Chris Evans: I like to be at one with nature
The presenter of the Breakfast Show on Virgin Radio relaxes outdoors.
Chris Evans has said he likes to be “at one with nature” and calms down outdoors.
The Virgin Radio presenter said he disconnects from his hectic day job with a rural ritual.
Evans spoke at the Chelsea Flower Show about his daily meditation, and his favourite spot to “think about things”.
The former BBC presenter talked with landscape architect Tom Stuart-Smith on his visit to the annual show in London, and shared his love of nature.
I go out every day for a walk. Love it, love it, love it. It really calms me down
Speaking to the Press Association, Evans said: “We live basically in Windsor Great Park. So we live in an amazing 10,000 acre garden.
“I go out every day for a walk. Love it, love it, love it. It really calms me down.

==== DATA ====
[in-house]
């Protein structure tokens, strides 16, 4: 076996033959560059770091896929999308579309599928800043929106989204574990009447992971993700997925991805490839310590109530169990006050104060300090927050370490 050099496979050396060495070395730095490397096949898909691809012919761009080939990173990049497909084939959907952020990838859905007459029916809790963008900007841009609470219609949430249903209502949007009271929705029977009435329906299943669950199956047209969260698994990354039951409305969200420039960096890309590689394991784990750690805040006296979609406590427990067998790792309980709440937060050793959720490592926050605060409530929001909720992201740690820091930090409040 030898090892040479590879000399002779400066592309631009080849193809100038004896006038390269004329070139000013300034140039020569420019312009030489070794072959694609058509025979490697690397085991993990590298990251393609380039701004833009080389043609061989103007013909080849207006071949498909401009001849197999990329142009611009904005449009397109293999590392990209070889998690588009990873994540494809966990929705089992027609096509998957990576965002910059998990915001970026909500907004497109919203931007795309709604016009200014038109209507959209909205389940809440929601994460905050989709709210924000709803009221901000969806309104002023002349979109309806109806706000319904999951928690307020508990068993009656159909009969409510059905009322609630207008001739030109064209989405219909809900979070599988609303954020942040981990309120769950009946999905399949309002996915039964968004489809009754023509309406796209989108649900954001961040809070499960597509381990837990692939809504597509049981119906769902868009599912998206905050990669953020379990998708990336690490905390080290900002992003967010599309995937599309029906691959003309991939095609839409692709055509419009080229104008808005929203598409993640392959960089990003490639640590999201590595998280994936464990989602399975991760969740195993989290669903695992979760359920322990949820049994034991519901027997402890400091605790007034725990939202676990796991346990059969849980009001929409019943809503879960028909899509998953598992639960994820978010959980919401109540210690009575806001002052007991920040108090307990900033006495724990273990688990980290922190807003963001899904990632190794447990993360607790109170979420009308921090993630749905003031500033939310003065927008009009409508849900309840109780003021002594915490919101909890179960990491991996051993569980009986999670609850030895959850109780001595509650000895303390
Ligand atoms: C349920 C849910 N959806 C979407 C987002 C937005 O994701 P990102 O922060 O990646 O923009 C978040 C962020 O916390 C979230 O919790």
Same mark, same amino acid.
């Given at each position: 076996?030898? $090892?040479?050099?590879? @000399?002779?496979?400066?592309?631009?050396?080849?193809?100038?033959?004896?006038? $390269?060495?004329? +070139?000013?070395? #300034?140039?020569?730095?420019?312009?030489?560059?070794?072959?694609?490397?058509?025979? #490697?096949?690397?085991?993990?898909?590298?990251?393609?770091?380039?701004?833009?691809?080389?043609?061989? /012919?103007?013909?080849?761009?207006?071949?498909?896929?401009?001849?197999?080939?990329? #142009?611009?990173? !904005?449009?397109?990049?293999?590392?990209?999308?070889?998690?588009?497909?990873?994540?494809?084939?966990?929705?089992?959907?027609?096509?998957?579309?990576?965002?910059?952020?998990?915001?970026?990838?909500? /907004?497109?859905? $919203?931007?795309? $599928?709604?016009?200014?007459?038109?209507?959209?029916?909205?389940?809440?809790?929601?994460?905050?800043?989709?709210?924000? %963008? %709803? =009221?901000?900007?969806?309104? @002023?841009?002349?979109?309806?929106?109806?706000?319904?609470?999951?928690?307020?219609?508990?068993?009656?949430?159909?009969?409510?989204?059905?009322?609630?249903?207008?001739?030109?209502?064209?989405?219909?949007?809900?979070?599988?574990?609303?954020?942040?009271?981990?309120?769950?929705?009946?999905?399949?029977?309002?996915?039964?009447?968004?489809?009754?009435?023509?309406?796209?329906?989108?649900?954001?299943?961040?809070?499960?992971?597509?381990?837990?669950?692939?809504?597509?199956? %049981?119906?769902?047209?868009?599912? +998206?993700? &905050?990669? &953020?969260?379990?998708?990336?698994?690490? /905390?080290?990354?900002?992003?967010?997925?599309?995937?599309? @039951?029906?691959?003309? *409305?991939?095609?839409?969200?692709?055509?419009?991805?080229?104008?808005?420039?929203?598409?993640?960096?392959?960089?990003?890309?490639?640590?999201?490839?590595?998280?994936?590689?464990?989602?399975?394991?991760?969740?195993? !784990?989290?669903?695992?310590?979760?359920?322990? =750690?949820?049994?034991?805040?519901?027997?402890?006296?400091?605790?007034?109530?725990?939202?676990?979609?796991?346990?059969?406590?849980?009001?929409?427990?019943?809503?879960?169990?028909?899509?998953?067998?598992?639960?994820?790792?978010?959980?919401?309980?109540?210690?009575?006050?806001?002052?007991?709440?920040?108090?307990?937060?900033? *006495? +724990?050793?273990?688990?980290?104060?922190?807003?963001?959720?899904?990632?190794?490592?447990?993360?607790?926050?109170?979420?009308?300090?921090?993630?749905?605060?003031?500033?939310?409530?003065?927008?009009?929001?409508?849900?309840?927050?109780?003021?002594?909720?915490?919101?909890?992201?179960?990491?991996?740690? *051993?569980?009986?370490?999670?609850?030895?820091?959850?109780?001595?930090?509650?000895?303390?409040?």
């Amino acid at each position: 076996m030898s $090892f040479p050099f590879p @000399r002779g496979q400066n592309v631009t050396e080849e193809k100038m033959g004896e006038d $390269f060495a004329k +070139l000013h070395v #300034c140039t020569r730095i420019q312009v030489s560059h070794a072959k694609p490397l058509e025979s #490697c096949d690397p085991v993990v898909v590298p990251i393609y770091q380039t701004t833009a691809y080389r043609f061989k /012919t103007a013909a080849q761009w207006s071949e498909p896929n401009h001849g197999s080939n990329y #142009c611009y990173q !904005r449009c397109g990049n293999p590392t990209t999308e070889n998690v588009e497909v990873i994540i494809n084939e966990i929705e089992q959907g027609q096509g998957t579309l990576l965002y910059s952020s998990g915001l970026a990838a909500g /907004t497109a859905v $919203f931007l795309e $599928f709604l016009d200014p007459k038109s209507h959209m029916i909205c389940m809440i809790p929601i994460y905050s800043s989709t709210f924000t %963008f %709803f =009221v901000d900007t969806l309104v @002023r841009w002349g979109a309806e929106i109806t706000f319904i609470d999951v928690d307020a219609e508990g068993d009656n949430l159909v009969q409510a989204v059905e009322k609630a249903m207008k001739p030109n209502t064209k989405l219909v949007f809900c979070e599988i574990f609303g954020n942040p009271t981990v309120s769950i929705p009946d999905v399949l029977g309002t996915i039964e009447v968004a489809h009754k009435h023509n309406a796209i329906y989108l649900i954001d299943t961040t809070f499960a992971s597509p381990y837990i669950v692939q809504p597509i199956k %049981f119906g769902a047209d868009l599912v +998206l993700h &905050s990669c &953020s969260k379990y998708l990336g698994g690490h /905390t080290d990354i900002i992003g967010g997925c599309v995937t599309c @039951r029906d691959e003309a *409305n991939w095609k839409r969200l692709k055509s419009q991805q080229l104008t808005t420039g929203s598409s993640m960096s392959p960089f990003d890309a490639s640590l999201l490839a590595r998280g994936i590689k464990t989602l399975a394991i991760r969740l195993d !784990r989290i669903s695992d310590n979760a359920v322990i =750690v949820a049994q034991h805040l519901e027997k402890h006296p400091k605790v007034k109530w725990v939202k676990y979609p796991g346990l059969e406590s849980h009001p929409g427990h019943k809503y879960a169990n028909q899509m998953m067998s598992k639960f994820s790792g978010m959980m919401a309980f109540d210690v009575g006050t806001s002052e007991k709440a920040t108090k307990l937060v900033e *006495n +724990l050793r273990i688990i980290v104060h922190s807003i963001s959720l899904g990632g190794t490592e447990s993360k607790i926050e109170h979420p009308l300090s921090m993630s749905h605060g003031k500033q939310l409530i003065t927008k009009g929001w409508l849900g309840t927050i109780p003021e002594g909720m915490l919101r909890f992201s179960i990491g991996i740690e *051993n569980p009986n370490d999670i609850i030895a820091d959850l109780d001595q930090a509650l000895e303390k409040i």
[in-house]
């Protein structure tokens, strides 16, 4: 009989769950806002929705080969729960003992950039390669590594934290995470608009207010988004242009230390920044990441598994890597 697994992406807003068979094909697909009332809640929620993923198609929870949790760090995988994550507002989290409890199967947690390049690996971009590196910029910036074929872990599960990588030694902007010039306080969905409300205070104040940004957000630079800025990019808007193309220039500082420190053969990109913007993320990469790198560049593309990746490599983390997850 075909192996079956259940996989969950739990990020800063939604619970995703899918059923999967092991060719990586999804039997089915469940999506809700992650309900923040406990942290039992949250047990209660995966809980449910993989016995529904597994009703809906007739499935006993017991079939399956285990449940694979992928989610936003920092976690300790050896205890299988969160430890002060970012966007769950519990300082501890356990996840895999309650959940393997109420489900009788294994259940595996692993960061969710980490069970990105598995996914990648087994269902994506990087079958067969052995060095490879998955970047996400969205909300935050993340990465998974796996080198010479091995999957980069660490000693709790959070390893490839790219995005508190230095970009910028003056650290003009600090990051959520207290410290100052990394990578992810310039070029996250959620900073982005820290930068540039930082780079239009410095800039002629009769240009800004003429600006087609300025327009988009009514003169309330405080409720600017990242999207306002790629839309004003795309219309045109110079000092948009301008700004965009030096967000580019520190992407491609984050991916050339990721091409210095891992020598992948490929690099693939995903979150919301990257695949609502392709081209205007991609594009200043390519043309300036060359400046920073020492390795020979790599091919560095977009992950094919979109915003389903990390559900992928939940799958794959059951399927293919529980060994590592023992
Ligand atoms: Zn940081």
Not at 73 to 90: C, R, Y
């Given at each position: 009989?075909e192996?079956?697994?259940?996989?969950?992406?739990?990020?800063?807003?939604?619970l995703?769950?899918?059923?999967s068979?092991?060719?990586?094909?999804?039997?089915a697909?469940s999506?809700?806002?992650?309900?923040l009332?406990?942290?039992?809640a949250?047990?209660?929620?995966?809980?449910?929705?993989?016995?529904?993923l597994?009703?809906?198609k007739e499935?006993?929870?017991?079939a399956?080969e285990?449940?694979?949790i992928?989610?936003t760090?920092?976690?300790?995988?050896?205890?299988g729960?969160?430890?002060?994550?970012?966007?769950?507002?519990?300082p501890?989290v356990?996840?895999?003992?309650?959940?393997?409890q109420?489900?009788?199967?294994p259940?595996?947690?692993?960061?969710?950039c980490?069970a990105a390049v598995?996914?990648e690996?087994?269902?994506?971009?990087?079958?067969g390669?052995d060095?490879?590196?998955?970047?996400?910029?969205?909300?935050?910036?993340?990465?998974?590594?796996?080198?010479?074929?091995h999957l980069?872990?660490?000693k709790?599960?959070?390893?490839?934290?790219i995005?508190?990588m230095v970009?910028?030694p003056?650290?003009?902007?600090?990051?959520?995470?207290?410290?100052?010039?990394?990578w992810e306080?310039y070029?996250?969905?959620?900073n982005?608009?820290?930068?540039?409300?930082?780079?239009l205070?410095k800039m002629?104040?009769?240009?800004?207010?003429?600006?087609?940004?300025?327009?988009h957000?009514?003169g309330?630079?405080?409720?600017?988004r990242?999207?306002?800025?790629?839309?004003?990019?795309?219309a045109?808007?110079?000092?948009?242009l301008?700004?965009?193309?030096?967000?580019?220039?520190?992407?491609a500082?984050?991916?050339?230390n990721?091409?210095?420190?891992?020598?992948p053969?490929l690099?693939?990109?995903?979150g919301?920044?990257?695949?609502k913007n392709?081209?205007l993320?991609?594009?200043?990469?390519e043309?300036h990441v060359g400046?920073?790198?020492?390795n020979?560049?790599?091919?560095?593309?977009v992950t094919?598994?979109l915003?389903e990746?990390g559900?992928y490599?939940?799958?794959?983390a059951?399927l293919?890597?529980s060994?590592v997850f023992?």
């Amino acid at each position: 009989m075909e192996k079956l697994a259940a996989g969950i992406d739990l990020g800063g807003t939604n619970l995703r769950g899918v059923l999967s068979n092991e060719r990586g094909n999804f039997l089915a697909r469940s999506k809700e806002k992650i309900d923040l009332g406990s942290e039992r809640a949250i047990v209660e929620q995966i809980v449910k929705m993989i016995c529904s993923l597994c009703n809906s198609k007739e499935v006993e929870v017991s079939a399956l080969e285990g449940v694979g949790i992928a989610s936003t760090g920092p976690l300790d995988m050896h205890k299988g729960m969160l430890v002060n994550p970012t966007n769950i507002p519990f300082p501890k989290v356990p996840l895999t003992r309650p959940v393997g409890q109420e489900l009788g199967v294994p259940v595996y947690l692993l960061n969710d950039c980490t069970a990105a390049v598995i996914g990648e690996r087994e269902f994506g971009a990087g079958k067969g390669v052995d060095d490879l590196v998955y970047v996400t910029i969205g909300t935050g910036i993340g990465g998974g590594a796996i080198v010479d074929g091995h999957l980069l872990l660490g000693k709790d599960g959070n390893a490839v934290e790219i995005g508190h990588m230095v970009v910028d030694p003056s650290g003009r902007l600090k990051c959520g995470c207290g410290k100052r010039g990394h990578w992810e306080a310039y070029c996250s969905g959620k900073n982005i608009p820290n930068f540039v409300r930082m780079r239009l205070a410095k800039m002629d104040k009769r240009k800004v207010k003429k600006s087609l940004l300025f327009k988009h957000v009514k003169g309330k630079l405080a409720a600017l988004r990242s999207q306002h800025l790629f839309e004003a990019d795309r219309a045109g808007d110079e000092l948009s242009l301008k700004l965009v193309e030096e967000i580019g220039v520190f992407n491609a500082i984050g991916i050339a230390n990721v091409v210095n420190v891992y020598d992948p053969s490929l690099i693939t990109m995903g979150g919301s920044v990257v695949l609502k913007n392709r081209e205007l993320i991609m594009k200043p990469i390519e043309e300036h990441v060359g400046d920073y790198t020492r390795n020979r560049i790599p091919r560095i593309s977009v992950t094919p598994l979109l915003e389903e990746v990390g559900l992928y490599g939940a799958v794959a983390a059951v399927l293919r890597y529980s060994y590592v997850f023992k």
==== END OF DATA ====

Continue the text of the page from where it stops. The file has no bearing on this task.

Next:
“There’s a little place that I go and lie on the same log with the dog, and look through a sort of covering of beech leaves.
“I try and go there every day. Have a little think about things. If you believe in chakras, green is your love chakra.
“It’s where you go to communicate and be at one with nature.”
He added: “I meditate every day. I have done for a few years.”
Evans appeared at the Chelsea Flower Show with wife Natasha Shishmanian, who insisted on checking the radio star’s teeth before he posed for photographs in the RHS Bridgewater Garden.
The presenter said he was happy to get on board with the RHS Bridgewater project, which will see the entire garden relocated to his native North West.
He said: “Schools are going to get involved, big mental health and NHS involvement. And it’s in the North West, I’m very happy to do it.
“The thing about the North West is, it’s a lot greener that people imagine.
“It’s about whether you want to go there or not.”
Dame Judi Dench also made an appearance at the annual event to share her love of trees and concern for their future in the UK.
The actress was presented with an elm tree in the Great Pavilion at the show, and voiced her hope that the trees – ravaged by Dutch elm disease – would thrive again.
Dame Judi added: “Now we have to be concerned about the ash trees.”